Promoting Patient-Centered Care During Residency Training: an Inpatient Tale of Two Programs

Research output: Contribution to journalArticle

Abstract

Background: Teaching residents to provide patient-centered care (PCC) is a challenge within traditional residency programs. We describe strategies developed to adapt a PCC curriculum from an existing program to a new one, highlighting components that were duplicated as well as those that were adapted to local needs. Activity: The authors compared their PCC curricula against known barriers to PCC teaching, identified strategies as shared or tailored in each domain, and described outcomes. Results: Sixteen shared curricular strategies were identified. One hundred percent of pediatric residents (n = 20) “agreed or strongly agreed” that the newly adopted PCC strategies promote an understanding of patient-centered care. Discussion: Success related to shared and tailored strategies may inform how PCC training models in other specialties may be developed.

Original languageEnglish (US)
Pages (from-to)289-294
Number of pages6
JournalMedical Science Educator
Volume28
Issue number2
DOIs
StatePublished - Jun 1 2018

Fingerprint

Patient-Centered Care
Internship and Residency
Inpatients
Curriculum
Teaching
resident
curriculum
teaching strategy
Pediatrics

Keywords

  • Curricula
  • Faculty
  • Inpatient
  • Patient-centered care
  • Residency

ASJC Scopus subject areas

  • Medicine (miscellaneous)
  • Education

Cite this

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title = "Promoting Patient-Centered Care During Residency Training: an Inpatient Tale of Two Programs",
abstract = "Background: Teaching residents to provide patient-centered care (PCC) is a challenge within traditional residency programs. We describe strategies developed to adapt a PCC curriculum from an existing program to a new one, highlighting components that were duplicated as well as those that were adapted to local needs. Activity: The authors compared their PCC curricula against known barriers to PCC teaching, identified strategies as shared or tailored in each domain, and described outcomes. Results: Sixteen shared curricular strategies were identified. One hundred percent of pediatric residents (n = 20) “agreed or strongly agreed” that the newly adopted PCC strategies promote an understanding of patient-centered care. Discussion: Success related to shared and tailored strategies may inform how PCC training models in other specialties may be developed.",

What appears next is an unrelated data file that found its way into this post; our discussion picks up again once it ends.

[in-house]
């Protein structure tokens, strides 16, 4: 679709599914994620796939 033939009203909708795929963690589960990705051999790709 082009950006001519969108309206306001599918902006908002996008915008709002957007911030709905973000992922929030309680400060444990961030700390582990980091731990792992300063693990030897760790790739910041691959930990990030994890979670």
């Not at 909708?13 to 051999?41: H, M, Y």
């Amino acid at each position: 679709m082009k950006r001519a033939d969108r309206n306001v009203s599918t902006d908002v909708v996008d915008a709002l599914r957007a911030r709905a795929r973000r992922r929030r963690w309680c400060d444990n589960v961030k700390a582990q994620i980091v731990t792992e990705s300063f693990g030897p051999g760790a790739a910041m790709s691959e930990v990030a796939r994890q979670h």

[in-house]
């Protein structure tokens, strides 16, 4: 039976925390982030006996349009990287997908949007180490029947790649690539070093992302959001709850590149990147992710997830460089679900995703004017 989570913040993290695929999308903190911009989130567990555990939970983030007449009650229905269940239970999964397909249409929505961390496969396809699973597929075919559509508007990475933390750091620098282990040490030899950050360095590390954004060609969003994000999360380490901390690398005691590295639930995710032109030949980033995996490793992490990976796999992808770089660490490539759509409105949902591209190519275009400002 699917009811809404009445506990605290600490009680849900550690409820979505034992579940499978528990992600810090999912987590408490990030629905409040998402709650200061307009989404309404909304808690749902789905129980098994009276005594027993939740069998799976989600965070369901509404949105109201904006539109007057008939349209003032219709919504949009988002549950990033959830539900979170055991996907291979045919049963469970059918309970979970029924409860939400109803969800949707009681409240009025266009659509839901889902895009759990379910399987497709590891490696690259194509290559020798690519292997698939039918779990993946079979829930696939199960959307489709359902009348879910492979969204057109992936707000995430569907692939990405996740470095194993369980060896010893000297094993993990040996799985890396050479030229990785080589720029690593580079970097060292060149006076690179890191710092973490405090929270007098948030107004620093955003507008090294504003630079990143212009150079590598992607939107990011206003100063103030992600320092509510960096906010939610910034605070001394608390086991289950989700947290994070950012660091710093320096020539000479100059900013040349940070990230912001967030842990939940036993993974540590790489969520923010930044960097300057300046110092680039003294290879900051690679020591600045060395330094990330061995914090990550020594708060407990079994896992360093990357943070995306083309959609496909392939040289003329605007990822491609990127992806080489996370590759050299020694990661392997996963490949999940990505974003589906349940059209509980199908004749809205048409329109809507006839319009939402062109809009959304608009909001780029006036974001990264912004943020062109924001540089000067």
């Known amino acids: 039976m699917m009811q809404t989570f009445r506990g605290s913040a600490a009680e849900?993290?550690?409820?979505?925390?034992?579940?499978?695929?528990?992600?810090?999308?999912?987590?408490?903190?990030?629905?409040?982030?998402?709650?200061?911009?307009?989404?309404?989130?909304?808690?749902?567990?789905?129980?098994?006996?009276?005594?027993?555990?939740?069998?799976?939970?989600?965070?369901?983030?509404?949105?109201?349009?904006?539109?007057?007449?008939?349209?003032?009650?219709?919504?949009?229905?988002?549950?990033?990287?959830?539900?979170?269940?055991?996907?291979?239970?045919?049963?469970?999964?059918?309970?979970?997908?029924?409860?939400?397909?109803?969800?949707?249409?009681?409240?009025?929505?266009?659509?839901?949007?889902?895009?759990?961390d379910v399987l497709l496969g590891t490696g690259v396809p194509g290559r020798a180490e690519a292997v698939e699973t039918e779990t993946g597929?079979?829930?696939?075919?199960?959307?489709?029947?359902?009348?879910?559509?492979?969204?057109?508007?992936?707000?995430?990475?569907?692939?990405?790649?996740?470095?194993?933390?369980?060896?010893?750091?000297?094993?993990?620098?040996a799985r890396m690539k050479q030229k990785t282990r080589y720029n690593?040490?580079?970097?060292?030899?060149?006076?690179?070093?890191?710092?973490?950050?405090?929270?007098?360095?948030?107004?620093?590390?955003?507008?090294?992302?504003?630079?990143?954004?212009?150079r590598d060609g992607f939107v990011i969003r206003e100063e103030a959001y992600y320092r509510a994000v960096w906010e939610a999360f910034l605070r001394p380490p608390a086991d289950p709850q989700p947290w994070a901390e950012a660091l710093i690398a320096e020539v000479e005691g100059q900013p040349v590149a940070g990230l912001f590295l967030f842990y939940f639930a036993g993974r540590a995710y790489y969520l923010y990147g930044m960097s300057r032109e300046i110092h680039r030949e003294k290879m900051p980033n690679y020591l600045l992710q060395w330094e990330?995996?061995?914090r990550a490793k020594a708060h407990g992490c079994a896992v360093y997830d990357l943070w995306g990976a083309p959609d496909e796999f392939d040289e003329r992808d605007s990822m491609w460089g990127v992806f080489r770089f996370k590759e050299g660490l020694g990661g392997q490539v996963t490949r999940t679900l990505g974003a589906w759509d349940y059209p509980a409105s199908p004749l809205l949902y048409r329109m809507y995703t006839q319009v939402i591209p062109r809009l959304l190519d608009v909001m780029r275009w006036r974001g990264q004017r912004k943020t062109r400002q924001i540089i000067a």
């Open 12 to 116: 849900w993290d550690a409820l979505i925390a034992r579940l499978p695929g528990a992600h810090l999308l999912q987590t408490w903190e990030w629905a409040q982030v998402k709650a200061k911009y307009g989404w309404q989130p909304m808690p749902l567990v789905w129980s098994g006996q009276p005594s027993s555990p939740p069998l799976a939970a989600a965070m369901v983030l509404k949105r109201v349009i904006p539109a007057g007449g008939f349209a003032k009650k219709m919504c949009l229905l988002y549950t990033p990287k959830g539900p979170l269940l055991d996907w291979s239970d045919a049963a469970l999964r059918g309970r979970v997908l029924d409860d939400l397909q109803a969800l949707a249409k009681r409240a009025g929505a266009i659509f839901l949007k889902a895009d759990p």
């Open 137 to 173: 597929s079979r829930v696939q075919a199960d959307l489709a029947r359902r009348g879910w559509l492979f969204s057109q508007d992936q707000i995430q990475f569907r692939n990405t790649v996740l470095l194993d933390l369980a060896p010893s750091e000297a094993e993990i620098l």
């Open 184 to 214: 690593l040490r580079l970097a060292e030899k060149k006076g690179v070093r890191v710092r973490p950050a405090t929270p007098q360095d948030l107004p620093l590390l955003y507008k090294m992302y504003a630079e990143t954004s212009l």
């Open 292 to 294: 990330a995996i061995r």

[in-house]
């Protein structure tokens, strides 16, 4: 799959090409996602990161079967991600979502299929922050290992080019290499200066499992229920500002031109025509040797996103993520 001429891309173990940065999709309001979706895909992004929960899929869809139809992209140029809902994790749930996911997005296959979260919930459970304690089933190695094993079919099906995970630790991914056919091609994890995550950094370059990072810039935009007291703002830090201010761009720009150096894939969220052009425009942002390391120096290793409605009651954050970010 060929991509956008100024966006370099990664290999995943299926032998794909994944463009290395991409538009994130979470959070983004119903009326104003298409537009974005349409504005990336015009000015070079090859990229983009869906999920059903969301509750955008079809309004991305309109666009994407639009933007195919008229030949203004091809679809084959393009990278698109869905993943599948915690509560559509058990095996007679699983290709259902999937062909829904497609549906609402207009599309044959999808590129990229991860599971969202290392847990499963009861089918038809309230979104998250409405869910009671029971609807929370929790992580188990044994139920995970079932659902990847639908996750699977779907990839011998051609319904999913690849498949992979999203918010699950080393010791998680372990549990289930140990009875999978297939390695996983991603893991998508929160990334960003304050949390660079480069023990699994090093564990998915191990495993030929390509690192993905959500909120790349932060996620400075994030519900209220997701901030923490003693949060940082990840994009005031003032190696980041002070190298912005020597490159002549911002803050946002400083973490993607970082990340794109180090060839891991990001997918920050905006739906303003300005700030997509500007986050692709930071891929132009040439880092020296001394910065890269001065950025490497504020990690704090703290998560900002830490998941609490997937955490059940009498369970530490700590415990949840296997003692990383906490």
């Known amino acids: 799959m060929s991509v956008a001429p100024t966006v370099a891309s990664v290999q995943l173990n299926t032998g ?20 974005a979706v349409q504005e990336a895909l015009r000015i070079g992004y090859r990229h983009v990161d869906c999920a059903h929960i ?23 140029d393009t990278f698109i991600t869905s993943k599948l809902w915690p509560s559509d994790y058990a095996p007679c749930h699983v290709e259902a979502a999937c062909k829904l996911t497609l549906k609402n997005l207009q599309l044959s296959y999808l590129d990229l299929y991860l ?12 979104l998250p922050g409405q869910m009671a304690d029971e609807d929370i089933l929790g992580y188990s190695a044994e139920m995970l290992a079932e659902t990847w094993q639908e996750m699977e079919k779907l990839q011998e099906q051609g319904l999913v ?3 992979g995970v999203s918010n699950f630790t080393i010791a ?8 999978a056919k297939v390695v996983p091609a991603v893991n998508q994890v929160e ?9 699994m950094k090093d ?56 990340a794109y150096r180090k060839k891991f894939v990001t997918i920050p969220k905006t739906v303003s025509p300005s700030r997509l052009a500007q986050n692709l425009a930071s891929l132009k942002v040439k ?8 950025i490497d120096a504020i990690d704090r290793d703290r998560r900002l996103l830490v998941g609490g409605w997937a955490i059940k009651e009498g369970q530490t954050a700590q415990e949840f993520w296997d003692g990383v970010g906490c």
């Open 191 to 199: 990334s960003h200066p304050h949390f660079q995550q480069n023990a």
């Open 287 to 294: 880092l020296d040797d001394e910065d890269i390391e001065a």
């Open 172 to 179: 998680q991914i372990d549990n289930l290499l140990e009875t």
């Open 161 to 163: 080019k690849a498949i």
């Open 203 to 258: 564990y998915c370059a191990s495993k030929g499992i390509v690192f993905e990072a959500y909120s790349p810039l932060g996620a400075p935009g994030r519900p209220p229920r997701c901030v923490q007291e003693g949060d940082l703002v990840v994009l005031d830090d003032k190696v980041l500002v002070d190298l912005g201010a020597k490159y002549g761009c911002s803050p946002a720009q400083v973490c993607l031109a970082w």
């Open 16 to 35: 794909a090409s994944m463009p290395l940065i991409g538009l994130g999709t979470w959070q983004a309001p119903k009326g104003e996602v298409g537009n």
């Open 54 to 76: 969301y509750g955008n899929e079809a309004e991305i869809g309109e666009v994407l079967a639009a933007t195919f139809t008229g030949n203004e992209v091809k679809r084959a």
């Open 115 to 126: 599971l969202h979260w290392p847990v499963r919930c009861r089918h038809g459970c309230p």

keywords = "Curricula, Faculty, Inpatient, Patient-centered care, Residency",
author = "Hernandez, {Raquel G} and Janet Record and Laura Hanyok and Rand, {Cynthia S} and Dudas, {Robert A} and Roy Ziegelstein and Colleen Christmas",
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AU - Record, Janet

AU - Hanyok, Laura

AU - Rand, Cynthia S

AU - Dudas, Robert A

AU - Ziegelstein, Roy

AU - Christmas, Colleen

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N2 - Background: Teaching residents to provide patient-centered care (PCC) is a challenge within traditional residency programs. We describe strategies developed to adapt a PCC curriculum from an existing program to a new one, highlighting components that were duplicated as well as those that were adapted to local needs. Activity: The authors compared their PCC curricula against known barriers to PCC teaching, identified strategies as shared or tailored in each domain, and described outcomes. Results: Sixteen shared curricular strategies were identified. One hundred percent of pediatric residents (n = 20) “agreed or strongly agreed” that the newly adopted PCC strategies promote an understanding of patient-centered care. Discussion: Success related to shared and tailored strategies may inform how PCC training models in other specialties may be developed.

AB - Background: Teaching residents to provide patient-centered care (PCC) is a challenge within traditional residency programs. We describe strategies developed to adapt a PCC curriculum from an existing program to a new one, highlighting components that were duplicated as well as those that were adapted to local needs. Activity: The authors compared their PCC curricula against known barriers to PCC teaching, identified strategies as shared or tailored in each domain, and described outcomes. Results: Sixteen shared curricular strategies were identified. One hundred percent of pediatric residents (n = 20) “agreed or strongly agreed” that the newly adopted PCC strategies promote an understanding of patient-centered care. Discussion: Success related to shared and tailored strategies may inform how PCC training models in other specialties may be developed.

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